Virgil Johnson believes the Utah Division of Indian Affairs is “somewhat of a tokenism.”
It has only three employees. Its small budget, he said, gets eaten up by travel to the largely remote reservations in the state. And it’s housed under the Department of Heritage and Arts — which, for him, continues the stereotype that American Indians are historic relics rather than living people.
“That’s not enough,” said Johnson, a councilman for the Confederated Tribes of the Goshute Reservation. “It doesn’t give enough significance and importance to Native Americans in the state of Utah.”
So at the Capitol on Tuesday, Johnson joined other tribal leaders in lobbying for the division to be remade into a department. That would mean an appointed position on the governor’s Cabinet. And, Johnson hopes, it could be a chance for tribes to have more of a voice in state government.
The push for better representation comes three months after President Donald Trump downsized the Bears Ears National Monument against the wishes of the five Utah tribes that fought for the designation. Braidan Weeks, spokesman for Utah Diné Bikéyah, said the Cabinet proposal “can help forge our path of healing forward.”
“This is a nonpolitical issue, a nonpartisan issue,” he said. “This is to really elevate natives and native voices” on health care, education, transportation. And the position would be similar to what exists in nearby states, including New Mexico and Arizona.
In response, Paul Edwards, deputy chief of staff to Utah Gov. Gary Herbert, promised that his office would look at ways to include more American Indian leaders in policy discussions.
“Whether that would be best accomplished through a Cabinet-level post or through participation in the governor’s senior staff,” he said, “Herbert recognizes that the significant issues related to Utah’s sovereign tribal nations would benefit from meaningful reorganization.”
That could come in the form of a standing legislative committee, suggested state Rep. Mark Wheatley, D-Murray. He currently serves on the Native American Liaison Committee and plans to push for it to become a permanent fixture — that way the group could draft legislation and meet regularly.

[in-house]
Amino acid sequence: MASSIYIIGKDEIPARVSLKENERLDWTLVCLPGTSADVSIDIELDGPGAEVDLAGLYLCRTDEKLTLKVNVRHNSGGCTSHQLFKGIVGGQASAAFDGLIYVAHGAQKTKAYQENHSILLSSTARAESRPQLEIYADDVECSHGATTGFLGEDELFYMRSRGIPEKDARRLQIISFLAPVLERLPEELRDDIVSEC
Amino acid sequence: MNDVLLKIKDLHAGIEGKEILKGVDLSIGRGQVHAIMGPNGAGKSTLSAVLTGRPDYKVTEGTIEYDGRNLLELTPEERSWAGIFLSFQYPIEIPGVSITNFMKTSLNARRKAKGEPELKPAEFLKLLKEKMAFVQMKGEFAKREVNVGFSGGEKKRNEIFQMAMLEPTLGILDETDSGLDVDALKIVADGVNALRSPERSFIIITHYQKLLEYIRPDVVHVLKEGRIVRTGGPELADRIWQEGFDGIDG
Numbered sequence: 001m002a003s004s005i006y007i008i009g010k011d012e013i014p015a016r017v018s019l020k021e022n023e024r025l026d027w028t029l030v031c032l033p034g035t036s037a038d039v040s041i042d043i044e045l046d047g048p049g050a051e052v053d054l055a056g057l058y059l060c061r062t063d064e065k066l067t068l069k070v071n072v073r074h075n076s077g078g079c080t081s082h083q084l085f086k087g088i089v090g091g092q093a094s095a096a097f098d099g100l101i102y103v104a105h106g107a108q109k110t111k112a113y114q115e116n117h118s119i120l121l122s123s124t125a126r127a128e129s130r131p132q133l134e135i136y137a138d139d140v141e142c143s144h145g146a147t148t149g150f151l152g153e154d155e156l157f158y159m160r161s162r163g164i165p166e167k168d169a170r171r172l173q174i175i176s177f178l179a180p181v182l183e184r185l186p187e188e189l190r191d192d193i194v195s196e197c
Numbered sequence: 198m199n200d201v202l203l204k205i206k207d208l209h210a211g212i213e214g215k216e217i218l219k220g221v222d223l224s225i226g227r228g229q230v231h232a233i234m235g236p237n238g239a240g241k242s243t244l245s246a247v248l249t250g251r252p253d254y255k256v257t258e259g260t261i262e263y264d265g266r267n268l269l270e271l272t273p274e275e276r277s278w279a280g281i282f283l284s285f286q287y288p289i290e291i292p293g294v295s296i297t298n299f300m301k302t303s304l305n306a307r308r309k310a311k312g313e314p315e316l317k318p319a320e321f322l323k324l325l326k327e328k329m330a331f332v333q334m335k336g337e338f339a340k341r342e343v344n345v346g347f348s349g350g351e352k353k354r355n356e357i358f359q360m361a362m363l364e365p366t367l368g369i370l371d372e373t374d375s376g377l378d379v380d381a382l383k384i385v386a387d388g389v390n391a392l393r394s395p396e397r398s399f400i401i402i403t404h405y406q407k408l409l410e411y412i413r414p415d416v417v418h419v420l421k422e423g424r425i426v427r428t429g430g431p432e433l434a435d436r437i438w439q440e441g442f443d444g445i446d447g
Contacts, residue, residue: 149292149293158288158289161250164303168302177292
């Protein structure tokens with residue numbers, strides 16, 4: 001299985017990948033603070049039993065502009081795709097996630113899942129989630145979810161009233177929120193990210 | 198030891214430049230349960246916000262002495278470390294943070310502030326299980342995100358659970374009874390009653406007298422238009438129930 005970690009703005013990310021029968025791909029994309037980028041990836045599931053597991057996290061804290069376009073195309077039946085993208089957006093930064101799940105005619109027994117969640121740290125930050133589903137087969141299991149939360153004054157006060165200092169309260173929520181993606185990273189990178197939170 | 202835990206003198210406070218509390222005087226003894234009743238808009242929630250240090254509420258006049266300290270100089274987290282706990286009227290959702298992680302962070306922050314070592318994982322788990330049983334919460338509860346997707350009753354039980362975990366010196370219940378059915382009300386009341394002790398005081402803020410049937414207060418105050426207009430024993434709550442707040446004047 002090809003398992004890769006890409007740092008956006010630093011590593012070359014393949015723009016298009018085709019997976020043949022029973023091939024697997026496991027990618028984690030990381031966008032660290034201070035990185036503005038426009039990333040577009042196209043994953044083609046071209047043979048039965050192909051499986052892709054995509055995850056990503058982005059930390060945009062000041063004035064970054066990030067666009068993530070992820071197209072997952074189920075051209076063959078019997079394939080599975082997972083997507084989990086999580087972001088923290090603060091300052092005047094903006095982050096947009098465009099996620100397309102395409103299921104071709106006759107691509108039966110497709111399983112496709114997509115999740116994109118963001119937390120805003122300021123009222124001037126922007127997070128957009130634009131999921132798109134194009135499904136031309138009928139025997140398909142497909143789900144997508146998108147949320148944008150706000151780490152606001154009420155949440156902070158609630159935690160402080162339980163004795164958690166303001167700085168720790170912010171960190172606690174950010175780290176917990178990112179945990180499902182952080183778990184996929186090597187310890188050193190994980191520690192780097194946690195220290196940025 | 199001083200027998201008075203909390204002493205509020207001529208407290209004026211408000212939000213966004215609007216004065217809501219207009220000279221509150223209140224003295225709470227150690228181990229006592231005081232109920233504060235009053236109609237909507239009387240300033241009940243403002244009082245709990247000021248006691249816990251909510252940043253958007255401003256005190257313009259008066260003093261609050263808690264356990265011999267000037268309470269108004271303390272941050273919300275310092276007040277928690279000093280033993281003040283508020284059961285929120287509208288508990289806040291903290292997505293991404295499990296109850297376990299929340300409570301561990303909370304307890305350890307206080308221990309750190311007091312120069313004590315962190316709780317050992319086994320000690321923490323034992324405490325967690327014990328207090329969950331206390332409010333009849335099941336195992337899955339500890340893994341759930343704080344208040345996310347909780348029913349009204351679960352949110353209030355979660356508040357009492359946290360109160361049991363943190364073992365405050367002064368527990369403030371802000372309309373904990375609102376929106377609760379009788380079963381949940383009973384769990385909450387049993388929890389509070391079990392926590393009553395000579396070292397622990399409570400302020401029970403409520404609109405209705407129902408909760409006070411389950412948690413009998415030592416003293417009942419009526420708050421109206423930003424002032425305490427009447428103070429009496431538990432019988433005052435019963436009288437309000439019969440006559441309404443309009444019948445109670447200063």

Other House Democrats supported the idea. Rep. Susan Duckworth said American Indians “have not had the seat at the table when they’ve needed it.” Rep. Joel Briscoe praised the two proposals for “opening a new dialogue.”
Josh Loftin, though, isn’t sure a Cabinet-level position would change much. The spokesman for the Utah Department of Heritage and Arts said “from just an effectiveness standpoint, everything that [the tribes] want to do could be done under the current structure.”
He notes there’s a focus in the department on museums and libraries and culture and community which could cover just about anything. But the tribes say they want to improve roads and clean up uranium tailings — which would likely require much more than the Utah Division of Indian Affairs’ $328,000 annual budget and aren’t typical Heritage and Arts projects.
And tribal leaders currently only meet with the governor twice a year. They want more.
“I’ve been told that my people, native people, will one day blossom as a rose in the desert, but I question how that can be possible when at every turn we are relentlessly blocked,” said James Singer, co-founder of the Utah League of Native American Voters. “Being kept away from the decision-making processes is policy more befitting the 19th century than the 21st.”
The current setup in Utah is similar to the federal level where the Bureau of Indian Affairs falls under the Department of Interior. Virgil Johnson suggests that makes tribes “secondary.”
He believes a Cabinet-level position — preferably to be filled by the Utah Division of Indian Affairs’ current director, Shirlee Silversmith, a member of the Navajo Nation who has been the head since June 2011 — and a legislative committee focused on tribal concerns could change the dynamic.
“That would open up many doors that are now basically closed.”